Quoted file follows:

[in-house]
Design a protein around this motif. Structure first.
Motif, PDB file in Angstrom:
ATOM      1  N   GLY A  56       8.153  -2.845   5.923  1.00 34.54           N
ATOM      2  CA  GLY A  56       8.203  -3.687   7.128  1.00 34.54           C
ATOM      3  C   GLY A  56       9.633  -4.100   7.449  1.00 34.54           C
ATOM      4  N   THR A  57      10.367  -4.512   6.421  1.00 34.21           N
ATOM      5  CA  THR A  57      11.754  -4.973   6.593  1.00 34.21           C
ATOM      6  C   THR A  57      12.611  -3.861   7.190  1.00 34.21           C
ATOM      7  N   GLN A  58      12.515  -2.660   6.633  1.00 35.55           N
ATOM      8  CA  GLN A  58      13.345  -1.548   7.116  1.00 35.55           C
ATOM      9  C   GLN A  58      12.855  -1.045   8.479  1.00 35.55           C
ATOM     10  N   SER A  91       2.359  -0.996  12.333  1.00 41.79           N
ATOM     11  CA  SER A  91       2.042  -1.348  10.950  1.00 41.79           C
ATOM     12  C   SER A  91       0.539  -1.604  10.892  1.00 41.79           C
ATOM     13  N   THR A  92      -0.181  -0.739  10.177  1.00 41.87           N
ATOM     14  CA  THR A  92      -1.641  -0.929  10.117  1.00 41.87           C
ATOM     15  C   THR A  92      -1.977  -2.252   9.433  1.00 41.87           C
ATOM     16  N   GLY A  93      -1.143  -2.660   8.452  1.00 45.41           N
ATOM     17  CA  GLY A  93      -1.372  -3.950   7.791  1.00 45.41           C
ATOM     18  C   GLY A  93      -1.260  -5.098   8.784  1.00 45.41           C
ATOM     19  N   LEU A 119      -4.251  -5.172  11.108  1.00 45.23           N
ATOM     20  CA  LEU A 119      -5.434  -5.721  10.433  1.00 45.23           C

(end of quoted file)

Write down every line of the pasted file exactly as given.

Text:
[in-house]
Design a protein around this motif. Structure first.
Motif, PDB file in Angstrom:
ATOM      1  N   GLY A  56       8.153  -2.845   5.923  1.00 34.54           N
ATOM      2  CA  GLY A  56       8.203  -3.687   7.128  1.00 34.54           C
ATOM      3  C   GLY A  56       9.633  -4.100   7.449  1.00 34.54           C
ATOM      4  N   THR A  57      10.367  -4.512   6.421  1.00 34.21           N
ATOM      5  CA  THR A  57      11.754  -4.973   6.593  1.00 34.21           C
ATOM      6  C   THR A  57      12.611  -3.861   7.190  1.00 34.21           C
ATOM      7  N   GLN A  58      12.515  -2.660   6.633  1.00 35.55           N
ATOM      8  CA  GLN A  58      13.345  -1.548   7.116  1.00 35.55           C
ATOM      9  C   GLN A  58      12.855  -1.045   8.479  1.00 35.55           C
ATOM     10  N   SER A  91       2.359  -0.996  12.333  1.00 41.79           N
ATOM     11  CA  SER A  91       2.042  -1.348  10.950  1.00 41.79           C
ATOM     12  C   SER A  91       0.539  -1.604  10.892  1.00 41.79           C
ATOM     13  N   THR A  92      -0.181  -0.739  10.177  1.00 41.87           N
ATOM     14  CA  THR A  92      -1.641  -0.929  10.117  1.00 41.87           C
ATOM     15  C   THR A  92      -1.977  -2.252   9.433  1.00 41.87           C
ATOM     16  N   GLY A  93      -1.143  -2.660   8.452  1.00 45.41           N
ATOM     17  CA  GLY A  93      -1.372  -3.950   7.791  1.00 45.41           C
ATOM     18  C   GLY A  93      -1.260  -5.098   8.784  1.00 45.41           C
ATOM     19  N   LEU A 119      -4.251  -5.172  11.108  1.00 45.23           N
ATOM     20  CA  LEU A 119      -5.434  -5.721  10.433  1.00 45.23           C